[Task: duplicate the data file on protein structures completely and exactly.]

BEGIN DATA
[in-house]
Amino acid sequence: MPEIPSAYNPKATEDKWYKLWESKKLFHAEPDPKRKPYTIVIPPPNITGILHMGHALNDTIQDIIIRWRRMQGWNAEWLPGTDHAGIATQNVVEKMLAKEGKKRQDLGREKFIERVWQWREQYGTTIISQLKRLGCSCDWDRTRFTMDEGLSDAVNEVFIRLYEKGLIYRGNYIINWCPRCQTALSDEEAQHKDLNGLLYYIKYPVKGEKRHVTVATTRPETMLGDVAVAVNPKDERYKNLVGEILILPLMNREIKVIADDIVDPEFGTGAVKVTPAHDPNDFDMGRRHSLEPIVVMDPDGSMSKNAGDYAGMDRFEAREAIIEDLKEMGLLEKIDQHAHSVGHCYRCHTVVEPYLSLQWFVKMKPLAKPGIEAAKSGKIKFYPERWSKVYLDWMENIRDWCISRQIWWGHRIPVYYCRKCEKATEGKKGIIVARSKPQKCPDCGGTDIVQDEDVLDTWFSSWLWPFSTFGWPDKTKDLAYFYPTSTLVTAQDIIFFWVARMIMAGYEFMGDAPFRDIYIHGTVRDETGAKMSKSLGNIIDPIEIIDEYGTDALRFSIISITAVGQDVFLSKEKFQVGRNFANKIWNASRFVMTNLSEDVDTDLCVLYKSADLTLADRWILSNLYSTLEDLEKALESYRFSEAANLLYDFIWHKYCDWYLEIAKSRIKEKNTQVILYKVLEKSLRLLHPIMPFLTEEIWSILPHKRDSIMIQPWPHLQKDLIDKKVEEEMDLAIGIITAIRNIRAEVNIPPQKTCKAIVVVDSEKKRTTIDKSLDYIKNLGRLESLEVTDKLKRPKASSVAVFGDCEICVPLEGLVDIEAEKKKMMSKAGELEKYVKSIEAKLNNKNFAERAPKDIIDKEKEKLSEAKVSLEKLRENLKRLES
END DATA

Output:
[in-house]
Amino acid sequence: MPEIPSAYNPKATEDKWYKLWESKKLFHAEPDPKRKPYTIVIPPPNITGILHMGHALNDTIQDIIIRWRRMQGWNAEWLPGTDHAGIATQNVVEKMLAKEGKKRQDLGREKFIERVWQWREQYGTTIISQLKRLGCSCDWDRTRFTMDEGLSDAVNEVFIRLYEKGLIYRGNYIINWCPRCQTALSDEEAQHKDLNGLLYYIKYPVKGEKRHVTVATTRPETMLGDVAVAVNPKDERYKNLVGEILILPLMNREIKVIADDIVDPEFGTGAVKVTPAHDPNDFDMGRRHSLEPIVVMDPDGSMSKNAGDYAGMDRFEAREAIIEDLKEMGLLEKIDQHAHSVGHCYRCHTVVEPYLSLQWFVKMKPLAKPGIEAAKSGKIKFYPERWSKVYLDWMENIRDWCISRQIWWGHRIPVYYCRKCEKATEGKKGIIVARSKPQKCPDCGGTDIVQDEDVLDTWFSSWLWPFSTFGWPDKTKDLAYFYPTSTLVTAQDIIFFWVARMIMAGYEFMGDAPFRDIYIHGTVRDETGAKMSKSLGNIIDPIEIIDEYGTDALRFSIISITAVGQDVFLSKEKFQVGRNFANKIWNASRFVMTNLSEDVDTDLCVLYKSADLTLADRWILSNLYSTLEDLEKALESYRFSEAANLLYDFIWHKYCDWYLEIAKSRIKEKNTQVILYKVLEKSLRLLHPIMPFLTEEIWSILPHKRDSIMIQPWPHLQKDLIDKKVEEEMDLAIGIITAIRNIRAEVNIPPQKTCKAIVVVDSEKKRTTIDKSLDYIKNLGRLESLEVTDKLKRPKASSVAVFGDCEICVPLEGLVDIEAEKKKMMSKAGELEKYVKSIEAKLNNKNFAERAPKDIIDKEKEKLSEAKVSLEKLRENLKRLES